The Atlantic Cities has a nice portrait of Eric Fischer: Mapmaker, artist, or programmer?. If you have been following information visualization and geovisualization news online over the recent years, I bet you have come across Fischer’s work. A few examples:
“Ultimately, almost everything I have been making tries to take the dim, distant glimpse of the real world that we can see through data and magnify some aspect of it in an attempt to understand something about the structure of cities.”
“When the maps succeed, I think it is when they can confirm something that the viewer already knows about their neighborhood or their city, and then broaden that knowledge a little by showing how some other places that the viewer doesn’t know so well are similar or different.”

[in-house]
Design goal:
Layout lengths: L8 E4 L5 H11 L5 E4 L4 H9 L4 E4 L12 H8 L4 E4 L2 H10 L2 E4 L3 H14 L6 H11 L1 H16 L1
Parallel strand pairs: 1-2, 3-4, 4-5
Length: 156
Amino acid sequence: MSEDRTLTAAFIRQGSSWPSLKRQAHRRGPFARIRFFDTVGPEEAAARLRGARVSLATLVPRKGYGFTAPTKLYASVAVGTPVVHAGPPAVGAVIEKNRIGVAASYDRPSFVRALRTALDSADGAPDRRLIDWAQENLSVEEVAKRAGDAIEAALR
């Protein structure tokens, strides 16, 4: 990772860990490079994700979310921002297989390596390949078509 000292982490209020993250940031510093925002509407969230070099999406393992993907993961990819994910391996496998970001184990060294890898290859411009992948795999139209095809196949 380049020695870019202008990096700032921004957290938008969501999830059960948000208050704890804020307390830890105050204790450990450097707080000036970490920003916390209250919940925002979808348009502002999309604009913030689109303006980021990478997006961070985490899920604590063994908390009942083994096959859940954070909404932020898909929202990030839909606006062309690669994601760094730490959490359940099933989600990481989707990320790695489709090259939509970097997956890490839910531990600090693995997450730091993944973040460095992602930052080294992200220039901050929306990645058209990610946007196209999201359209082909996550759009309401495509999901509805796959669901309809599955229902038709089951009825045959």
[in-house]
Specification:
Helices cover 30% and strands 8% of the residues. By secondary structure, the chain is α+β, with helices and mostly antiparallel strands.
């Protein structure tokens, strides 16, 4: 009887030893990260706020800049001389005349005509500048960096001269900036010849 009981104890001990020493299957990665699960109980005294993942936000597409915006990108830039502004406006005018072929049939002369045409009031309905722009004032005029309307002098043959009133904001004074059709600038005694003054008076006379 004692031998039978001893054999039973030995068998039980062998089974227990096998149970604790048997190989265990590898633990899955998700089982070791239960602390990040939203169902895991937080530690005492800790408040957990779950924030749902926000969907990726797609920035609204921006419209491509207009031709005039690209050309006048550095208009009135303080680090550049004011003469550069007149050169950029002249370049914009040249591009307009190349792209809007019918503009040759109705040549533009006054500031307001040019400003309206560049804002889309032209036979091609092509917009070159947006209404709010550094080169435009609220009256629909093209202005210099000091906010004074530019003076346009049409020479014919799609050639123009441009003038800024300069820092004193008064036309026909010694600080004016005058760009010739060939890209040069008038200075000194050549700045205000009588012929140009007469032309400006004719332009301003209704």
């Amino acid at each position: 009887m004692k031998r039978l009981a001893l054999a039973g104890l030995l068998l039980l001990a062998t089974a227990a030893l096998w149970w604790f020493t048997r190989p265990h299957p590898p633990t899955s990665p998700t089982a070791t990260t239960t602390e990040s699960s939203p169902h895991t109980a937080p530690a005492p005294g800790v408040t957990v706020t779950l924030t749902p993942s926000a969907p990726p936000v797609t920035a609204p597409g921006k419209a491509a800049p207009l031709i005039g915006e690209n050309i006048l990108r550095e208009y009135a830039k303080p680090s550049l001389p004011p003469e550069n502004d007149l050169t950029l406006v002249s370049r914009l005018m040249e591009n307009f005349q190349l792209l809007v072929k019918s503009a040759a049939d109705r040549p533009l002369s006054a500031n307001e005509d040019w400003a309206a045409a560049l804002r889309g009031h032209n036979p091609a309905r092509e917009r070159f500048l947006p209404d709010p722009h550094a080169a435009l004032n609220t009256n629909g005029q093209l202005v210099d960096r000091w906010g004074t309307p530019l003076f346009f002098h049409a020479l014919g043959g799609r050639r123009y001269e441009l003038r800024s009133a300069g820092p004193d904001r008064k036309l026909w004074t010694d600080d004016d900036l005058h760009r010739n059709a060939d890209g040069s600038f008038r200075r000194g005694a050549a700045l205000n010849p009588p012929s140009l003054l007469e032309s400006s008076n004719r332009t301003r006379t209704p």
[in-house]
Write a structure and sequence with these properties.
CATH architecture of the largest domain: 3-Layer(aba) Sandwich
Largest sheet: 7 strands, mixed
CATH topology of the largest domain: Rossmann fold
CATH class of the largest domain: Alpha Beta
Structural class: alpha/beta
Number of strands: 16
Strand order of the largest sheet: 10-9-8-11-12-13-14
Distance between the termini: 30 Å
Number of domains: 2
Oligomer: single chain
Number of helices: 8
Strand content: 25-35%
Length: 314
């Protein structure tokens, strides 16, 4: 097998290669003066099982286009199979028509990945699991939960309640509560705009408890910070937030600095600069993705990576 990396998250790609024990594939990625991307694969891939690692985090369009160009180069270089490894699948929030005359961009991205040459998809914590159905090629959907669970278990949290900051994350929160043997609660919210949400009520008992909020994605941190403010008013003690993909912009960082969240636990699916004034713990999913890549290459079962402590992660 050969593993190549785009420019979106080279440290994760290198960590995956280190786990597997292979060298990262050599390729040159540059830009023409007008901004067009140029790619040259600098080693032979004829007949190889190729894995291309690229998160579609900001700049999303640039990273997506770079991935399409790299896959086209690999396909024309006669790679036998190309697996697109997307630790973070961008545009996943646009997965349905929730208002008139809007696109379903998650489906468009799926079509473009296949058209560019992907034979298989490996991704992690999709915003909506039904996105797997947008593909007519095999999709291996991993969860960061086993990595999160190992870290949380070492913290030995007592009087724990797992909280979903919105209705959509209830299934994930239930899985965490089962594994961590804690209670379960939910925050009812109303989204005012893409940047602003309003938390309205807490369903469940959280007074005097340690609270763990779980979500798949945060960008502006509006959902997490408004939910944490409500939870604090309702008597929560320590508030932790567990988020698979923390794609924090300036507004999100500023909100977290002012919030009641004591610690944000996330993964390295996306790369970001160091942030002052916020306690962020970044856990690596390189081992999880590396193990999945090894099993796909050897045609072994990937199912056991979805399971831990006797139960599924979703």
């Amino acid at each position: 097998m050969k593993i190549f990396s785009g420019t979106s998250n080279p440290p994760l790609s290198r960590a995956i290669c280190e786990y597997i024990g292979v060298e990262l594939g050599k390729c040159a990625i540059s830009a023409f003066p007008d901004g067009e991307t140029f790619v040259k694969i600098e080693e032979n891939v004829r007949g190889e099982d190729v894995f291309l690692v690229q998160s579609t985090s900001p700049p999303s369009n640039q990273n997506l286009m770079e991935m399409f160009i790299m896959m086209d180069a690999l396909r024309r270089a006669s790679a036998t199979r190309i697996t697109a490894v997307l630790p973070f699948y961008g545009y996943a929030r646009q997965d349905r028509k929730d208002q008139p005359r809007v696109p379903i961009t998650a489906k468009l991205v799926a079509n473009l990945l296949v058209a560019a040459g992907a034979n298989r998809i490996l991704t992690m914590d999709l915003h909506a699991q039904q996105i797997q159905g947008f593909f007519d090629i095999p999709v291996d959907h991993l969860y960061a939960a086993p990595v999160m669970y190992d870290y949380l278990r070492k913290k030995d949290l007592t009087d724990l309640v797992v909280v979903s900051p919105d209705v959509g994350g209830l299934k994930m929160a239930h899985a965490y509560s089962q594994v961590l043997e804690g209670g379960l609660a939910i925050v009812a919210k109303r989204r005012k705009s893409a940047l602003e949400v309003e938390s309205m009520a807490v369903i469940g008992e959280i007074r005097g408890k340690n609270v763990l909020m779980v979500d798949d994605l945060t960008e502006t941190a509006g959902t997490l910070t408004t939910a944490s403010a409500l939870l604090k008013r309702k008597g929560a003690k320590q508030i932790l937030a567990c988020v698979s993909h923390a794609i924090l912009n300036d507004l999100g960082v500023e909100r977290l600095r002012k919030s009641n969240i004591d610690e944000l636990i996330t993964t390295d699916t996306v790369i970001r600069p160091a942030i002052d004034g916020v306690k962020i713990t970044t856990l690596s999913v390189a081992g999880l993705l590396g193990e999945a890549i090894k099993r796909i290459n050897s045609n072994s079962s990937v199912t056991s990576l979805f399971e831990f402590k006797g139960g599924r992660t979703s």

– Eric Fischer
What I like most about Fischer’s projects is that they are often crowdsourced (from Flickr or Twitter), data-heavy and employ often, not always, quite simple analysis or visualization approaches, but to great effect. In the end it’s all about the ideas behind the visualizations and Fischer doesn’t seem to be short on those.
Eric Fischer, formerly programmer at Google, is currently artist-in-residence at a San Francisco museum, where he will hopefully continue to produce interesting maps and visualizations. It’s probably indeed safe to respond to the Atlantic Cities article’s title that Fischer is all: mapmaker and artist and programmer.